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Amanda Lewis-Nang'ea

Assistant Professor
Doty Hall 238
585-245-5495
lewisam@geneseo.edu
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Amanda Lewis-Nang'ea

Dr. Amanda Lewis-Nang'ea is a specialist in African history and the history of science, focusing on the history of pastoralists and wildlife conservation in East Africa. Her work blends oral histories of the Maasai, scientists, conservationists, and wildlife management with archival and scientific research.
 

Office Hours, Fall 2021

Tuesday 12:00-2:00pm
Wednesday 12:30-1:30

Sign up for a time through Calendly. I am not accepting drop-ins this semester due to COVID social distancing measures. You may choose an in-person or Zoom meeting.

Curriculum Vitae

Education

  • B.A., King University, Bristol, TN

  • M.A., East Tennessee State University

  • Ph.D., Michigan State University

Classes

  • HIST 287: M/Modern Africa

    This course begins roughly with the end of the global slave trade and continues to the present, covering the entire continent of Africa. You will learn about the growing influence of European incursion into the continent and Africa responses to the political, economic, and social changes colonialism brought. In this course, we will study the history of what nationalism meant for Africans beginning during the two World Wars and ending with the struggle of late twentieth century African nations to govern diverse populations. The process of decolonization in Africa was one of the most important historical transformations of the twentieth century, but the nationalist sentiments behind the long roads to freedom shaped each new country The scope of the course will include the influence of Pan-Africanism, key African philosophers and political leaders, the Cold War, and the struggles to change the social and economic inequalities in Africa.

  • HIST 480: LACAANA: Aid & Devel in Africa

    This course focuses on an in-depth advanced study of a particular topic in Latin America/Caribbean/Asia/Africa/Native American history. Topics could be defined either by time, theme, or space: the Vietnam War, the history of gender and sexuality in Latin America, Empire and Environment in Africa, the history of Cuba, global histories, Latin American Revolutions, the Mexican Revolution, advanced topics in African, Middle Eastern, Native American, or Asian History, among others.

Guidelines for Requesting a Letter of Recommendation or Reference for Dr. Lewis-Nang’ea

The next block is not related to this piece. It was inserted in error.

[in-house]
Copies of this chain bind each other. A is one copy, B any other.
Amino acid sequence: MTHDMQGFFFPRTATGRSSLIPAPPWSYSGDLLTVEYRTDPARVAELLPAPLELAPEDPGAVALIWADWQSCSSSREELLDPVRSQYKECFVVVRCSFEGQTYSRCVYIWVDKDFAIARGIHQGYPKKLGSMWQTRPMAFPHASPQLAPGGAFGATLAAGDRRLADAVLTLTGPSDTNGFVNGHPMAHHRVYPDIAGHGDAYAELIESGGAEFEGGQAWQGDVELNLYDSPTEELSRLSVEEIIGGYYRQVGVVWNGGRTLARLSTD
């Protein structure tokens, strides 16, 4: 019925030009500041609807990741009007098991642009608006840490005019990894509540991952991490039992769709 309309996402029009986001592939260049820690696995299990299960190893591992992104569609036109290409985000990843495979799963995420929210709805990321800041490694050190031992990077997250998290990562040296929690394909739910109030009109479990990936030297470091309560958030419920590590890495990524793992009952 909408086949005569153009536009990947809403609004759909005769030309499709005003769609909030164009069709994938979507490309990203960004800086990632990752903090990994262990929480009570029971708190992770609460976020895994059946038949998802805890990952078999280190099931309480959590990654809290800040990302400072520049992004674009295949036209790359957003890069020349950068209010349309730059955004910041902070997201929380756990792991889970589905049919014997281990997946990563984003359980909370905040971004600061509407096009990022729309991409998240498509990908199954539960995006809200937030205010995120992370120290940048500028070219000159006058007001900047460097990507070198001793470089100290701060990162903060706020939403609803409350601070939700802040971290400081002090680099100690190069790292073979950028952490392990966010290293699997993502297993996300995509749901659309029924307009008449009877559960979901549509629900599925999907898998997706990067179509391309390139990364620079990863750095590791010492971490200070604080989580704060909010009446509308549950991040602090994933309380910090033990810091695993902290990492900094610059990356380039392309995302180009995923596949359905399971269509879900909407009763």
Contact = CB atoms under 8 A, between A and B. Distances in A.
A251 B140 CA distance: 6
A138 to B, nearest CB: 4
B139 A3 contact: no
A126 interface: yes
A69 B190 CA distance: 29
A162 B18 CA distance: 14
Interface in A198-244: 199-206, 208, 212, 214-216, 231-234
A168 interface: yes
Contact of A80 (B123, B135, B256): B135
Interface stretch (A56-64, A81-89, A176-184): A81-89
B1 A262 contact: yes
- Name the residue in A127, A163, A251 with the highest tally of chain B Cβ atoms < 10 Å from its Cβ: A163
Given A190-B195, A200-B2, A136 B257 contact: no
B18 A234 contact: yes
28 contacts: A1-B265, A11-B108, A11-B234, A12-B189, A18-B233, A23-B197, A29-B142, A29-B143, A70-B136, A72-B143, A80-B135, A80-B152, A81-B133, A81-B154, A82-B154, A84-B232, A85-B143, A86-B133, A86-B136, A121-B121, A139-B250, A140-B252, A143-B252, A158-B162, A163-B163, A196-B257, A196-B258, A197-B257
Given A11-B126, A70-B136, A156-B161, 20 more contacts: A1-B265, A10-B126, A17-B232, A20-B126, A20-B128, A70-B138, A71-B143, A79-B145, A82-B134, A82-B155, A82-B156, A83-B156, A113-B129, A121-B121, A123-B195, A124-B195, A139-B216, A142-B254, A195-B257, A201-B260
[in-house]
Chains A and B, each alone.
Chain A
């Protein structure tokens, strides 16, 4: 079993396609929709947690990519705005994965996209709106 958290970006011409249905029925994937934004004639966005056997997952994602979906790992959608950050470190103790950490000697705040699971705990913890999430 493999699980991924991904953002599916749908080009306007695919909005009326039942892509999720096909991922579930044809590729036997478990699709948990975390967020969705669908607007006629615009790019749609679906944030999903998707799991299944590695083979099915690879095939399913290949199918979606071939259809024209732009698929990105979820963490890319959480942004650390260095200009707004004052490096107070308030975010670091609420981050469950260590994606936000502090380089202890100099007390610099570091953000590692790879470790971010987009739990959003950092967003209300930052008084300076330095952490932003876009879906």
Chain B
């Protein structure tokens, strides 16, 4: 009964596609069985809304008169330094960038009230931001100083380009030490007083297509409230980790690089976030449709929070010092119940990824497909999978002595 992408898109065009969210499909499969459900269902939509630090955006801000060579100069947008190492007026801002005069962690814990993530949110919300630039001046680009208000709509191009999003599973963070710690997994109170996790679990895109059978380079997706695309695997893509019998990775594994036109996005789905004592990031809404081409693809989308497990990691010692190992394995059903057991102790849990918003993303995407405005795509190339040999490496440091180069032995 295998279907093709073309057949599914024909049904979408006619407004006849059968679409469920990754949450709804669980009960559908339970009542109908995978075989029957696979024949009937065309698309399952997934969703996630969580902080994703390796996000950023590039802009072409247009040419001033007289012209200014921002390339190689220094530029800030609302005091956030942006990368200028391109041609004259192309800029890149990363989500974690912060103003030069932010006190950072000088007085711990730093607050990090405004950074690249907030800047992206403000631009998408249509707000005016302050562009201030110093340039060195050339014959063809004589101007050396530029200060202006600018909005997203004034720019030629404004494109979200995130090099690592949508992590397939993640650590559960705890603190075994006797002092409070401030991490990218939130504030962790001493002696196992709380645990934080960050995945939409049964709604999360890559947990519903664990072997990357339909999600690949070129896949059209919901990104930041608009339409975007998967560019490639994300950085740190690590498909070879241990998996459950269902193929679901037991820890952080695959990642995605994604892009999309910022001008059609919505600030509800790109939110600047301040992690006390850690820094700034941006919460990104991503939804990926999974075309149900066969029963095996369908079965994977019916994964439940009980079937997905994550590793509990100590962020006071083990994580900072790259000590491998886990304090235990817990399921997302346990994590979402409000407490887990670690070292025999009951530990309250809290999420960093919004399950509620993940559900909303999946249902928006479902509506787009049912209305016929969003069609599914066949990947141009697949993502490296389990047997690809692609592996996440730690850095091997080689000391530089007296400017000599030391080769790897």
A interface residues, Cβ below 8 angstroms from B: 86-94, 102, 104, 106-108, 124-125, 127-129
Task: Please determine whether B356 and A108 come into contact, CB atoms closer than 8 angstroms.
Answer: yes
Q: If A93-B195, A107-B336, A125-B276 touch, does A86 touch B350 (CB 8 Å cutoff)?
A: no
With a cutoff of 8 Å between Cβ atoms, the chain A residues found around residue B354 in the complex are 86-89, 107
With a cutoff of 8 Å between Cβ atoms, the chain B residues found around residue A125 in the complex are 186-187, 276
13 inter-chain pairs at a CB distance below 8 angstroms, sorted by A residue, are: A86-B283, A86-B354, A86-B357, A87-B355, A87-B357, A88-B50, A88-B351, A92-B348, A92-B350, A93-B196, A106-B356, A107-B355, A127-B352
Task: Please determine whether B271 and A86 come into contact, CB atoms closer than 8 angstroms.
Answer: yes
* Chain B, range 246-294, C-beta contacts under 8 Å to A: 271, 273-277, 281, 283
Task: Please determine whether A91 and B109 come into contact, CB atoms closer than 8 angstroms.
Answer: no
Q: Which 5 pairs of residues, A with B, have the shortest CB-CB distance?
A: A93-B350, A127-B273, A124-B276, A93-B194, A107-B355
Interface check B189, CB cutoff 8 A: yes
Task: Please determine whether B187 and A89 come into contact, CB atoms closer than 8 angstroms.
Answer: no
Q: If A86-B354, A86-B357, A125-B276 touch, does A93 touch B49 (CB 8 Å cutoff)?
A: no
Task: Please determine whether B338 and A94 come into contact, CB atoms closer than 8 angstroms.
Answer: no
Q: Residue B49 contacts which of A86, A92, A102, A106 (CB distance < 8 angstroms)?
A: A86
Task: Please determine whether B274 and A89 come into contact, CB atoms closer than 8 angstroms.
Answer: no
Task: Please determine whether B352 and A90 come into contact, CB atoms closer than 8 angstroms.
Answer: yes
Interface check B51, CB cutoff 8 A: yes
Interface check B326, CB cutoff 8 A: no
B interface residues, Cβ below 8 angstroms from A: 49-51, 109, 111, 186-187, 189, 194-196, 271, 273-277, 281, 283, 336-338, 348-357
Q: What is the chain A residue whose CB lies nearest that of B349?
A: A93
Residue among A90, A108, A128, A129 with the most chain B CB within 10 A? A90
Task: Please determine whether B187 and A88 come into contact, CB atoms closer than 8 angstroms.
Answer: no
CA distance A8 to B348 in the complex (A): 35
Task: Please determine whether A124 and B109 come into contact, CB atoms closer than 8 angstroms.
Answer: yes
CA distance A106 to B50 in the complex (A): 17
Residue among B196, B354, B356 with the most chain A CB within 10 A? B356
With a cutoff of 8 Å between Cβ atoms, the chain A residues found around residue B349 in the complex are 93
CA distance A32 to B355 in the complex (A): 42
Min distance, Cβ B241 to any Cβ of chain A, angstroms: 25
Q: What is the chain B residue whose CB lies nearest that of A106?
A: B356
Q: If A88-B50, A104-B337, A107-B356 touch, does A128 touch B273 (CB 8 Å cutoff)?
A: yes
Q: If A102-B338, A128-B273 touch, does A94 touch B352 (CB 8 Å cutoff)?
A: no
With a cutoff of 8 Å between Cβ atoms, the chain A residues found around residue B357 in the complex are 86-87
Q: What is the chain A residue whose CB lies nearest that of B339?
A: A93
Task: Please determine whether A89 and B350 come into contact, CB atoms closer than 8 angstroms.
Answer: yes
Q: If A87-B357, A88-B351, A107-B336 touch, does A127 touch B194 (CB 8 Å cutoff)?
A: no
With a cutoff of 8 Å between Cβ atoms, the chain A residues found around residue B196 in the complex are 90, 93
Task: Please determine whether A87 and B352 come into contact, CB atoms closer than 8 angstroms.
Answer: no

Part of my job is writing letters of recommendation or providing a reference for my students who apply to jobs, graduate school, internships, or awards. In order to make this a transparent process, here are some guidelines for asking me for a recommendation or reference. Following these will not ensure that I say yes to you, but will give you a good idea about how to go about the process effectively with me or other professors. 

  1. Choose faculty who know you well.  It is really hard to write a glowing letter for someone who sits quietly in my class but may make good grades. If I never see you in office hours or don’t have some way of making a stronger connection, I may not be able to write the strongest recommendation. Keep this in mind in all your classes. Ideally, we should have had conversations outside of class, you should demonstrate that you had interest in the course material, and demonstrated leadership or problem-solving skills in class. Plan ahead. You need to think about how I view your performance in my class.
  2. Make a formal request. You should ideally do this in person, but you can also send this by email (for example, if a request is needed over the summer). You will need to provide material that will help me write the best letter or give the strongest recommendation. This includes, but is not limited to, information about the program/job/internship/ you are applying to, a record of relevant coursework, explanation of research or essays you completed in my classes, experiences outside the classroom (this may be a CV or resume), and a personal statement, which is 2-3 paragraphs describing your interest and preparation for the position you are applying for.
  3. Ask early. I need a minimum of 3 weeks before the due date, and ideally more than a month. I may decline to write this if you wait too close to the deadline or I don’t feel I’ve been given enough time and materials to write the letter. Remember that I am doing this on top of my other work and responsibilities.
  4. Permissions associated with references/letters of recommendation. Do not give my name as a reference until I have agreed to do the reference. If you wish me to speak specifically to your grades and details of your performance in class, please submit a signed confidentiality waiver. You must also waive your right to see my letter of recommendation. 
  5. I will only send letters directly to the school, internship supervisor or employer. Please don’t ask me to give you the letter to send, even when the instructions say to do this. Find a contact for me to submit the letter on your behalf.
  6. Keep me updated. This is not required, but it is nice to hear about my students’ success and the outcome of your applications.